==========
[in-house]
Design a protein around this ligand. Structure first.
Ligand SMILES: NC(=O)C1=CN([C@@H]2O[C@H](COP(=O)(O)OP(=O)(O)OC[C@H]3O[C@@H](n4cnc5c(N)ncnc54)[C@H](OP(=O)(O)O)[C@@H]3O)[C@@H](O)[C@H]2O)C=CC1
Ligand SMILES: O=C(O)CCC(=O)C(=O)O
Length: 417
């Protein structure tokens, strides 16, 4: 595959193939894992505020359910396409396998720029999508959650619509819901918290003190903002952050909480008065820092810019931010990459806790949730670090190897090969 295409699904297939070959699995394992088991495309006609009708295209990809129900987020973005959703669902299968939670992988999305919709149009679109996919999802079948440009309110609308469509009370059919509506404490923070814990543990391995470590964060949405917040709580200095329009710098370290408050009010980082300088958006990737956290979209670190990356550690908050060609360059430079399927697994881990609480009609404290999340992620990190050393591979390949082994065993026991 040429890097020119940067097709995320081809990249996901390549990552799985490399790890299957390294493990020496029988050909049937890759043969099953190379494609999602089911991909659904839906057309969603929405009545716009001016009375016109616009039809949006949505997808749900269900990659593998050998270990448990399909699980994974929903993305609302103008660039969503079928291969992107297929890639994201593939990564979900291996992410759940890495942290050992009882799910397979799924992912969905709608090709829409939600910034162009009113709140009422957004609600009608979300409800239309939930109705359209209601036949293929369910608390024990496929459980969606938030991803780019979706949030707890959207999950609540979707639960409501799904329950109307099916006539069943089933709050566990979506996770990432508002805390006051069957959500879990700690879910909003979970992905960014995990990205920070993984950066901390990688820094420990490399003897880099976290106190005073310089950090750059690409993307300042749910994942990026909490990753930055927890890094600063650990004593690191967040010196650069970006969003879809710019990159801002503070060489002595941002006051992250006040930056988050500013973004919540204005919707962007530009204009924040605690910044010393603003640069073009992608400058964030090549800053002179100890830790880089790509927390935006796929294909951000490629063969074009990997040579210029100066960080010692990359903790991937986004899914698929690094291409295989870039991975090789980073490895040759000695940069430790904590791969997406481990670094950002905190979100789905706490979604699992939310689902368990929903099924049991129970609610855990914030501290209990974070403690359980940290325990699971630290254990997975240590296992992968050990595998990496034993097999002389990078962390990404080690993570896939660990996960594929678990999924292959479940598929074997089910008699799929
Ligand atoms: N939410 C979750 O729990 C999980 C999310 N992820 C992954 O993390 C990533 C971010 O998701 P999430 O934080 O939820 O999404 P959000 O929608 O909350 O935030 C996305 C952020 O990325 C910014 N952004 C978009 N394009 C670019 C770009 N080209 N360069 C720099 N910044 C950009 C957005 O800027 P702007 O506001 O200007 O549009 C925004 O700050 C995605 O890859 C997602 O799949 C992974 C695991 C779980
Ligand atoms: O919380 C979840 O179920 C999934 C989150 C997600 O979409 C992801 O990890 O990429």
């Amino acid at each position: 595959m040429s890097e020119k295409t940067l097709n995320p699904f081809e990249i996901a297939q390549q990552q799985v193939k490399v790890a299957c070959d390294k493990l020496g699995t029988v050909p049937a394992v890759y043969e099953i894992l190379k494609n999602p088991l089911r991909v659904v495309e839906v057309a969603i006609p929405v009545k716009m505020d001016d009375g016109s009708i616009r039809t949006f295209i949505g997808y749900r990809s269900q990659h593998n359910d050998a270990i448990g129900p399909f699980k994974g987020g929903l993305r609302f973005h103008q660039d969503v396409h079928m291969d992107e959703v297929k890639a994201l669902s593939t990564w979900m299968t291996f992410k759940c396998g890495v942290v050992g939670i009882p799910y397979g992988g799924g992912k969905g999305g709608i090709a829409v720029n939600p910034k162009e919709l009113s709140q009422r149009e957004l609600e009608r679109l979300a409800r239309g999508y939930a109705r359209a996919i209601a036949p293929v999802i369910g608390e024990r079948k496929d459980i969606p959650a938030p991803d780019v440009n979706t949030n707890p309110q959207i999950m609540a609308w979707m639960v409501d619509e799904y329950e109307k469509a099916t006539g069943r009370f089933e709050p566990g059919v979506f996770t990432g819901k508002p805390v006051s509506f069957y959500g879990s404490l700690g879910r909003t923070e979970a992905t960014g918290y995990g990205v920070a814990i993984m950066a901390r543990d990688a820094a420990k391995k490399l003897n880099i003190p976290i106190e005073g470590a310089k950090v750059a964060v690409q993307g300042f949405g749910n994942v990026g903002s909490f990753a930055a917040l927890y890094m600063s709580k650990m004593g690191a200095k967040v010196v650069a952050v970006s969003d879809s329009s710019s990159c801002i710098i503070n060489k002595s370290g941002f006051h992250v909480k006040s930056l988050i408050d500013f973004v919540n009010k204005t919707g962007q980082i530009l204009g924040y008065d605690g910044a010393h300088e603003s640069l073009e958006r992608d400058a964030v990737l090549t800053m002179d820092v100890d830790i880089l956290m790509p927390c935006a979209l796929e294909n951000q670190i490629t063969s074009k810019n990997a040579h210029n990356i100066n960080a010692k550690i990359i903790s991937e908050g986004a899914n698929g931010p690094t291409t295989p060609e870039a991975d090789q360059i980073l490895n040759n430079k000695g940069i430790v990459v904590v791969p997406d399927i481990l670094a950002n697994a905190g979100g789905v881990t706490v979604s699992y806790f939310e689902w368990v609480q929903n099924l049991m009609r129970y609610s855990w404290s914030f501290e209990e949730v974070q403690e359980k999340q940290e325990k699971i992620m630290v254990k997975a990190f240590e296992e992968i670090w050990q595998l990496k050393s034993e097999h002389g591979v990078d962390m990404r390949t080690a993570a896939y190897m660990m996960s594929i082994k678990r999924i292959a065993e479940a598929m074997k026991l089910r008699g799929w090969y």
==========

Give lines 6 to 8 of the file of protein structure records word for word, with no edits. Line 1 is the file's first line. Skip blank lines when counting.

């Protein structure tokens, strides 16, 4: 595959193939894992505020359910396409396998720029999508959650619509819901918290003190903002952050909480008065820092810019931010990459806790949730670090190897090969 295409699904297939070959699995394992088991495309006609009708295209990809129900987020973005959703669902299968939670992988999305919709149009679109996919999802079948440009309110609308469509009370059919509506404490923070814990543990391995470590964060949405917040709580200095329009710098370290408050009010980082300088958006990737956290979209670190990356550690908050060609360059430079399927697994881990609480009609404290999340992620990190050393591979390949082994065993026991 040429890097020119940067097709995320081809990249996901390549990552799985490399790890299957390294493990020496029988050909049937890759043969099953190379494609999602089911991909659904839906057309969603929405009545716009001016009375016109616009039809949006949505997808749900269900990659593998050998270990448990399909699980994974929903993305609302103008660039969503079928291969992107297929890639994201593939990564979900291996992410759940890495942290050992009882799910397979799924992912969905709608090709829409939600910034162009009113709140009422957004609600009608979300409800239309939930109705359209209601036949293929369910608390024990496929459980969606938030991803780019979706949030707890959207999950609540979707639960409501799904329950109307099916006539069943089933709050566990979506996770990432508002805390006051069957959500879990700690879910909003979970992905960014995990990205920070993984950066901390990688820094420990490399003897880099976290106190005073310089950090750059690409993307300042749910994942990026909490990753930055927890890094600063650990004593690191967040010196650069970006969003879809710019990159801002503070060489002595941002006051992250006040930056988050500013973004919540204005919707962007530009204009924040605690910044010393603003640069073009992608400058964030090549800053002179100890830790880089790509927390935006796929294909951000490629063969074009990997040579210029100066960080010692990359903790991937986004899914698929690094291409295989870039991975090789980073490895040759000695940069430790904590791969997406481990670094950002905190979100789905706490979604699992939310689902368990929903099924049991129970609610855990914030501290209990974070403690359980940290325990699971630290254990997975240590296992992968050990595998990496034993097999002389990078962390990404080690993570896939660990996960594929678990999924292959479940598929074997089910008699799929
Ligand atoms: N939410 C979750 O729990 C999980 C999310 N992820 C992954 O993390 C990533 C971010 O998701 P999430 O934080 O939820 O999404 P959000 O929608 O909350 O935030 C996305 C952020 O990325 C910014 N952004 C978009 N394009 C670019 C770009 N080209 N360069 C720099 N910044 C950009 C957005 O800027 P702007 O506001 O200007 O549009 C925004 O700050 C995605 O890859 C997602 O799949 C992974 C695991 C779980
Ligand atoms: O919380 C979840 O179920 C999934 C989150 C997600 O979409 C992801 O990890 O990429």